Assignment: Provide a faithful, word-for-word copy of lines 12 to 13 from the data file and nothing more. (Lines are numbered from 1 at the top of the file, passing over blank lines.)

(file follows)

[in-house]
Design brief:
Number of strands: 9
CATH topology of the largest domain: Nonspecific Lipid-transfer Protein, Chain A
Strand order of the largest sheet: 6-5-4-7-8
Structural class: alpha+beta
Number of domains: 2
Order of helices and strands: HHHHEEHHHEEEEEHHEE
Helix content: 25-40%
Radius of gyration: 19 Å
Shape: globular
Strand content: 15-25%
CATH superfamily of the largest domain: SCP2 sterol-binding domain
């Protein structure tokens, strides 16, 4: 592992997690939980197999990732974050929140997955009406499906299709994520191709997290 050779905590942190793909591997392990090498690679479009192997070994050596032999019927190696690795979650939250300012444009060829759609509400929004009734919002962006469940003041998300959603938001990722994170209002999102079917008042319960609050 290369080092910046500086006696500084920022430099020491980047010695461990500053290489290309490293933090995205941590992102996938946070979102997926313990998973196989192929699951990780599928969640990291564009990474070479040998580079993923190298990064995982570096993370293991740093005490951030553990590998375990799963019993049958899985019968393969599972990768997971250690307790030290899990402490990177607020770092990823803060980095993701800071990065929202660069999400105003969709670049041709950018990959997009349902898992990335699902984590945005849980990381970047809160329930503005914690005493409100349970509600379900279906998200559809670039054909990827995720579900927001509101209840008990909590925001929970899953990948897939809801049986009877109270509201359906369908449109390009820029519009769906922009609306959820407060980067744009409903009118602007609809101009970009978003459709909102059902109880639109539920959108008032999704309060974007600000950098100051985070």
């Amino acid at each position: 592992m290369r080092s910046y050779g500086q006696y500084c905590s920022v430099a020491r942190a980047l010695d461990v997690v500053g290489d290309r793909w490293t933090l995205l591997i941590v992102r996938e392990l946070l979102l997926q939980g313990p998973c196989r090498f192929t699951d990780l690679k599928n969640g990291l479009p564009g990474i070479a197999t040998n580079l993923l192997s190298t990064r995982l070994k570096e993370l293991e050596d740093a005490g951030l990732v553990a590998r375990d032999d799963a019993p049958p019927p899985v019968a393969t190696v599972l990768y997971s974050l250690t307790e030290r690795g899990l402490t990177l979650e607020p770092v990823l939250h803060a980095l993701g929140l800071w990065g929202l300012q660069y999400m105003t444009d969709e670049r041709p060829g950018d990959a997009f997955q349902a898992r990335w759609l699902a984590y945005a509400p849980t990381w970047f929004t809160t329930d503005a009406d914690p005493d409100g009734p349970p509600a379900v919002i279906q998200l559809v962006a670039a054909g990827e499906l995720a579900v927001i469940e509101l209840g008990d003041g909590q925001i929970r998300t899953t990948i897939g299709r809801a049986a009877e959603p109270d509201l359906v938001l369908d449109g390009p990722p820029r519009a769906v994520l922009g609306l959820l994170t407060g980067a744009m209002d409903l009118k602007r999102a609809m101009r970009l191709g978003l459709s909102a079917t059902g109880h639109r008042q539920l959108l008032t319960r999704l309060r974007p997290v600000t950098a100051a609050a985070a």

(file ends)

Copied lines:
Strand content: 15-25%
CATH superfamily of the largest domain: SCP2 sterol-binding domain